Engineered Nanoparticles (ENP) are increasingly produced for use in a wide range of industrial and consumer products. Yet it is known that exposure to some types of particles can cause severe health effects. Therefore it is essential to ascertain whether exposure to ENP can lead to possible health risks for workers and consumers. We have formed a consortium of well-known scientists from European Universities and Research Institutes, with over 100 publications in the field of Nanotoxicology. Our aim is to develop an approach for the Risk Assessment of ENP (ENPRA). Our objectives are: (i) to obtain a bank of commercial ENP with contrasting physico-chemical characteristics and measure them; (ii) to investigate the toxic effects of ENP on 5 (pulmonary, hepatic, renal, cardiovascular and developmental) target systems and 5 endpoints (oxidative stress, inflammation; immuno-toxicity; fibrogenecity; genotoxicity) using in vitro animal/human models; (iii) to validate the in vitro findings with a small set of carefully chosen in vivo animal experiments; (iv) to construct mathematical models to extrapolate the exposure-dose-response relationship from in vitro to in vivo and to humans; (v) to use QSAR like models to identify the key ENP characteristics driving the adverse effects; (vi) to implement a risk assessment of ENP using the Weight-of-Evidence approach; (vii) to disseminate our findings to potential stakeholders. To harmonise the research activities between our EU group and the US, we have established links with scientists from US Universities (Duke, Rochester) and Government Agencies (NIH/NIEHS, NIOSH and EPA) with on-going research in Nanotoxicology. Our objectives here are (vii) to share information and agree on experimental protocols; (viii) to avoid duplication of work; (ix) to further validate the findings of this proposed study.

Agency: European Commission | Branch: FP7 | Program: NOE | Phase: ICT-2007.3.2 | Award Amount: 3.76M | Year: 2008

The Network of Excellence (NoE) PolyNet aims to establish Europe in the area of organic and large area electronics as the world leader in science, technology development and subsequent commercial exploitation of printing and large area technologies for heterointegration of flexible electronics.\n\nFuture industrial Exploitation needs a research cooperation base and a service base to foster transfer from science to industry within EU. Therefore fragmentation of European research landscape has to be overcome.\n\nThe NoE PolyNet will support these aims with three core platforms:\n- a research cooperation platform\n- a service platform\n- a knowledge platform\n\nFor a long-term integration of European research landscape concepts for the continuation of research cooperation and service offers will be developed, validate and put into operation.\n\nImpact is expected not only on the research landscape of Organic and Large Area Electronics but also indirectly on European industry by long-term stimulation of innovative technologies and new companies.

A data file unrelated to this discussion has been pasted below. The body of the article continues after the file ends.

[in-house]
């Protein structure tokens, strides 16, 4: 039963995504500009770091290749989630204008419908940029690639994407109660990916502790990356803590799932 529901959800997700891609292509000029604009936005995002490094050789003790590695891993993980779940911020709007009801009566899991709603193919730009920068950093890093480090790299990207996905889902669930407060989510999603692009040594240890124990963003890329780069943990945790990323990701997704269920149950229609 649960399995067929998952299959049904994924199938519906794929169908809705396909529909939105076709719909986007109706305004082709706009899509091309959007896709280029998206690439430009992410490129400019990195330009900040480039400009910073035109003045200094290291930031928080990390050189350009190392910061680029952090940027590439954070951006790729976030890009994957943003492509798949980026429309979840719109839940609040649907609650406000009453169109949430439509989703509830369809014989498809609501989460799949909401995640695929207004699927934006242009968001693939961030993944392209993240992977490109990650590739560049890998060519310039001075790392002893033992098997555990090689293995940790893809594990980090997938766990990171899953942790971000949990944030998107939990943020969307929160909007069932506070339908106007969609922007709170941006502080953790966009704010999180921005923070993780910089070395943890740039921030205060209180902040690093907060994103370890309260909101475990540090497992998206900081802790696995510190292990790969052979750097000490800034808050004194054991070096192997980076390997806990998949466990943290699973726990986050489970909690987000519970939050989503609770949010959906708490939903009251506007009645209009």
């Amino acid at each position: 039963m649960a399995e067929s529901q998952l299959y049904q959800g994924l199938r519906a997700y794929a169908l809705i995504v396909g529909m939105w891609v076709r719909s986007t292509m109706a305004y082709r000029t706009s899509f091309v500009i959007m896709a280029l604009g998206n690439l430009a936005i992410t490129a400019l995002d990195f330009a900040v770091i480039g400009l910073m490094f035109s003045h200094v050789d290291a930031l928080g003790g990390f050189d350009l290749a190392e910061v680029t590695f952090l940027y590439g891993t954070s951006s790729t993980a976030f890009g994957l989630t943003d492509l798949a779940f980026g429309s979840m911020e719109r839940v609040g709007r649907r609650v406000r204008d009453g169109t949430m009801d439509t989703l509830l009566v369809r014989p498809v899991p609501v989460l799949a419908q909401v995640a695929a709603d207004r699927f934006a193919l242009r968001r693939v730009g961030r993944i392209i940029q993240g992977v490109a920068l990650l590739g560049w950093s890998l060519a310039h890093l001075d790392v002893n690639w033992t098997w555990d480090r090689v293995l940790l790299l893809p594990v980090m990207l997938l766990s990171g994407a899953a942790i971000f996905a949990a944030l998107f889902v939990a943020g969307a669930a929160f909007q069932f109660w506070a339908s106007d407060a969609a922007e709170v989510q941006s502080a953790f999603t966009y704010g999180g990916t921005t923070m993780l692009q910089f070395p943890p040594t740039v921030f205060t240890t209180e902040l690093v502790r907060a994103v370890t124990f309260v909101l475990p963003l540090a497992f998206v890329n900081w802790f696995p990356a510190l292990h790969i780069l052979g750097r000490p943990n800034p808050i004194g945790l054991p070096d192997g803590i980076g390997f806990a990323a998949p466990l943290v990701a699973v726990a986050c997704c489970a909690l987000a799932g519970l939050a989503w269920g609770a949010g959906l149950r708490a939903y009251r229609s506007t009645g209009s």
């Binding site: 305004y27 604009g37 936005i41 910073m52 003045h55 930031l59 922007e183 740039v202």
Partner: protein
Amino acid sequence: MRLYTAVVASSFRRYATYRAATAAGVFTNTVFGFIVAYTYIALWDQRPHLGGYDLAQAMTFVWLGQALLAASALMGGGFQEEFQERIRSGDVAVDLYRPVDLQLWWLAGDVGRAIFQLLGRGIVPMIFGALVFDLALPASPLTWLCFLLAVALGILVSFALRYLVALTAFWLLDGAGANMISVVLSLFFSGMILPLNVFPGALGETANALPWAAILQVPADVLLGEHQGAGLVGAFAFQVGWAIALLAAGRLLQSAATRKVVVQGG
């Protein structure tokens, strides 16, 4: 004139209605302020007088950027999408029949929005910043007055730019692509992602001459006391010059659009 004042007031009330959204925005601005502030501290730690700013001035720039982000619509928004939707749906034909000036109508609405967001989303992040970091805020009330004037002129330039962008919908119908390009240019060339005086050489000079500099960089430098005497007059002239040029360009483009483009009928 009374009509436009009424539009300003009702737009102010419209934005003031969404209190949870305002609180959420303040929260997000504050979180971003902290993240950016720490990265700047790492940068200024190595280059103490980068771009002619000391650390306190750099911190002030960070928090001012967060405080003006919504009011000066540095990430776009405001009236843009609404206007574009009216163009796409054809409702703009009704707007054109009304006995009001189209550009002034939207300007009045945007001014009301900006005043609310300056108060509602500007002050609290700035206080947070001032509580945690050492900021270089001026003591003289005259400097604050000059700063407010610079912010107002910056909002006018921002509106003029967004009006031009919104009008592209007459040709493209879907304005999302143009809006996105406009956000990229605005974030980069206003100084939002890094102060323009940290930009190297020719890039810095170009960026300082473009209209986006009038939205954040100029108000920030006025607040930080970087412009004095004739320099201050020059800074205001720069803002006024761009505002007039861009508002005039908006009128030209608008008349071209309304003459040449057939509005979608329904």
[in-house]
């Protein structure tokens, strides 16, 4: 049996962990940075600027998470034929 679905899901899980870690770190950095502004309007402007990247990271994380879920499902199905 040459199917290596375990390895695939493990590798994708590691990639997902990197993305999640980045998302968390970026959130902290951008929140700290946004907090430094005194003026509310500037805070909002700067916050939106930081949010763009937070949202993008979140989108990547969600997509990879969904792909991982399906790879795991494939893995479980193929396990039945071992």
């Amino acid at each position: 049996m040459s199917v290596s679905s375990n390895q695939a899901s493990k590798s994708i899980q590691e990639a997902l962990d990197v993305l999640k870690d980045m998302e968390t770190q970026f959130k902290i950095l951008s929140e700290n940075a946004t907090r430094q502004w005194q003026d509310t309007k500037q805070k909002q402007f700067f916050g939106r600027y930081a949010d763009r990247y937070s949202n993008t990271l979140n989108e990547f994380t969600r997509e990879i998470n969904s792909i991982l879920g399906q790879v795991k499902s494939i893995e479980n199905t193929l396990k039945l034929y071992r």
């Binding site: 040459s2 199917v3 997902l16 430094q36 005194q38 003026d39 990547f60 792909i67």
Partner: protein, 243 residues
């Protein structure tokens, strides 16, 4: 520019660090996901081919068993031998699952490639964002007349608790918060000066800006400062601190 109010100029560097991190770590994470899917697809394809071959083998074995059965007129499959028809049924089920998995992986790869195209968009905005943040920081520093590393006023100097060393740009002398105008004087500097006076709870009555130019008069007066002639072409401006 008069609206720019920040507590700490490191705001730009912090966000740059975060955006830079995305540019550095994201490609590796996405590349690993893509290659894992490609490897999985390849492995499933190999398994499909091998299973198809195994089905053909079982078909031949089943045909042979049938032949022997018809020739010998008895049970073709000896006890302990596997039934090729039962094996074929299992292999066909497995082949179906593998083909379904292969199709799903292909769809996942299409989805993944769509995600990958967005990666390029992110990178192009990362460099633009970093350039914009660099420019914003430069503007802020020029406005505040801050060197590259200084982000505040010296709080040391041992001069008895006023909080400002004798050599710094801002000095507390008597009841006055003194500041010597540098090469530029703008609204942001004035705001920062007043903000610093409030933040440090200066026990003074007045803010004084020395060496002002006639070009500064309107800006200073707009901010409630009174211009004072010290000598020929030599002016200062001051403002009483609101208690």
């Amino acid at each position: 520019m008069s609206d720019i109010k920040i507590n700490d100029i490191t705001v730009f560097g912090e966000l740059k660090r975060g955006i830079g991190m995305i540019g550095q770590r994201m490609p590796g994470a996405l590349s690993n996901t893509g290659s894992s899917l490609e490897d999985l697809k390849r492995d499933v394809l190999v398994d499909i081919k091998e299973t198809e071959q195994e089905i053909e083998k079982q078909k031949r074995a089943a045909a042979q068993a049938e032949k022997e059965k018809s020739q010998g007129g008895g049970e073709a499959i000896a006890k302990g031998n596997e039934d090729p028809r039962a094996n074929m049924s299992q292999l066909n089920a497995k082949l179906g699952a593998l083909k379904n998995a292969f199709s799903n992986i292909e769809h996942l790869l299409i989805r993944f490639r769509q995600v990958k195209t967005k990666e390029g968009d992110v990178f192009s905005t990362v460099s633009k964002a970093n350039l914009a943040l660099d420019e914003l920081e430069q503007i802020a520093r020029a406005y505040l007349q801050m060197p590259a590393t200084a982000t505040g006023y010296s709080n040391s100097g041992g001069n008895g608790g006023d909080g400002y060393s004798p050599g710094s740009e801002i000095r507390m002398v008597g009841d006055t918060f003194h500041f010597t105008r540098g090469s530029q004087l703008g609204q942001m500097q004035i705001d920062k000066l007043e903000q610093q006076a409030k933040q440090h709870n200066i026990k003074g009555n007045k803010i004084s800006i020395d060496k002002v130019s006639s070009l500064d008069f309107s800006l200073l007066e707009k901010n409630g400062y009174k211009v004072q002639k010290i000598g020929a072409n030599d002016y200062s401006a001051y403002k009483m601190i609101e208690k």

Agency: European Commission | Branch: FP7 | Program: CP | Phase: ICT-2009.3.3 | Award Amount: 2.37M | Year: 2010

Electronic transduction can open new perspectives for point-of-care diagnosis and treatment monitoring. In this respect, label free, organic field-effect transistor (OFET) sensors have recently raised the interest of the organic-electronic community. The EGOFET biosensor aims at an electronic transduction of a bio-recognition event, eventually leading to an amplified response. The sensor combines the specificity of a defined bio-probe with the label-free and high sensitivity of the field-effect transduction principle. The recognition will be achieved through antigens, antibodies or membrane proteins placed on top of the organic semiconductor, right where the electrical transport occurs in this dielectrics/oxide-free structure. Supramolecular architectures will be used to immobilize the bio-probes into polymeric or phospholipid layers to maximise recognition capabilities and minimize non-specific binding and fouling. High sensitivity will be achieved by exploiting conformational changes and/or charge generation effects occurring upon the recognition process. To attain low-operating voltage and low-power consumption, the OFET will take advantage of the high capacitance offered by the electrolytic or protonic medium used to carry the analyte up to the semi-conductor surface. Implementation of the devices on paper and plastic substrates will be realized by low-cost printing-compatible technologies. The sensors figures of merit will be assessed by exploiting the highly specific biotin/avidin affinity reaction. A proof-of-principle for a point-of-care relevant application, using the immunoassay approach, will be pursued afterwards.